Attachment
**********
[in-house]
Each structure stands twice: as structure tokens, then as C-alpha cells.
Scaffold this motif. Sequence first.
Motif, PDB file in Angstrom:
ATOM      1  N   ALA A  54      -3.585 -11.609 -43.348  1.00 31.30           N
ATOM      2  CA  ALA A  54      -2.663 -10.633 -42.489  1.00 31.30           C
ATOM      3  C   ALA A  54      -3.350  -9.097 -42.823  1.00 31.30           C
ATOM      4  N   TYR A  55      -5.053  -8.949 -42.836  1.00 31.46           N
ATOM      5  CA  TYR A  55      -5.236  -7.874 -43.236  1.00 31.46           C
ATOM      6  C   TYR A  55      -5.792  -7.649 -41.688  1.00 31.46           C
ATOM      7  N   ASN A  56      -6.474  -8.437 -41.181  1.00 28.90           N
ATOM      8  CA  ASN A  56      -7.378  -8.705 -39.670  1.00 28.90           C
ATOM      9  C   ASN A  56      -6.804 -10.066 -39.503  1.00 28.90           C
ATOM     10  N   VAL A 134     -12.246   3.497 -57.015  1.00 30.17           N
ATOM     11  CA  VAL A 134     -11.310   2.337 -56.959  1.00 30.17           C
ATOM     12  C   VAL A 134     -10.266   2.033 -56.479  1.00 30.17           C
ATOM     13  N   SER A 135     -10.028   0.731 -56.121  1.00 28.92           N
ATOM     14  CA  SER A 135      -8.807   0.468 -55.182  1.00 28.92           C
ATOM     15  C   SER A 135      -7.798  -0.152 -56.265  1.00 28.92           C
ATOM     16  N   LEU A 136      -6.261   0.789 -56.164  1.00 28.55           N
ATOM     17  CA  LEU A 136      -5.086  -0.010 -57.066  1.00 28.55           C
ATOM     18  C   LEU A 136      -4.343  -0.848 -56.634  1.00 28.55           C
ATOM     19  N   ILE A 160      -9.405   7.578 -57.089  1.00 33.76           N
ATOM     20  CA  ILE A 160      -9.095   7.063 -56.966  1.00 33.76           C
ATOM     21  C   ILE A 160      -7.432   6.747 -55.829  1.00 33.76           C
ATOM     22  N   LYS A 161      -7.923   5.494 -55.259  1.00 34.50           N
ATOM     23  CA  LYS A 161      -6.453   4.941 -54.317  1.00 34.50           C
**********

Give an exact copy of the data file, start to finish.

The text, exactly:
[in-house]
Each structure stands twice: as structure tokens, then as C-alpha cells.
Scaffold this motif. Sequence first.
Motif, PDB file in Angstrom:
ATOM      1  N   ALA A  54      -3.585 -11.609 -43.348  1.00 31.30           N
ATOM      2  CA  ALA A  54      -2.663 -10.633 -42.489  1.00 31.30           C
ATOM      3  C   ALA A  54      -3.350  -9.097 -42.823  1.00 31.30           C
ATOM      4  N   TYR A  55      -5.053  -8.949 -42.836  1.00 31.46           N
ATOM      5  CA  TYR A  55      -5.236  -7.874 -43.236  1.00 31.46           C
ATOM      6  C   TYR A  55      -5.792  -7.649 -41.688  1.00 31.46           C
ATOM      7  N   ASN A  56      -6.474  -8.437 -41.181  1.00 28.90           N
ATOM      8  CA  ASN A  56      -7.378  -8.705 -39.670  1.00 28.90           C
ATOM      9  C   ASN A  56      -6.804 -10.066 -39.503  1.00 28.90           C
ATOM     10  N   VAL A 134     -12.246   3.497 -57.015  1.00 30.17           N
ATOM     11  CA  VAL A 134     -11.310   2.337 -56.959  1.00 30.17           C
ATOM     12  C   VAL A 134     -10.266   2.033 -56.479  1.00 30.17           C
ATOM     13  N   SER A 135     -10.028   0.731 -56.121  1.00 28.92           N
ATOM     14  CA  SER A 135      -8.807   0.468 -55.182  1.00 28.92           C
ATOM     15  C   SER A 135      -7.798  -0.152 -56.265  1.00 28.92           C
ATOM     16  N   LEU A 136      -6.261   0.789 -56.164  1.00 28.55           N
ATOM     17  CA  LEU A 136      -5.086  -0.010 -57.066  1.00 28.55           C
ATOM     18  C   LEU A 136      -4.343  -0.848 -56.634  1.00 28.55           C
ATOM     19  N   ILE A 160      -9.405   7.578 -57.089  1.00 33.76           N
ATOM     20  CA  ILE A 160      -9.095   7.063 -56.966  1.00 33.76           C
ATOM     21  C   ILE A 160      -7.432   6.747 -55.829  1.00 33.76           C
ATOM     22  N   LYS A 161      -7.923   5.494 -55.259  1.00 34.50           N
ATOM     23  CA  LYS A 161      -6.453   4.941 -54.317  1.00 34.50           C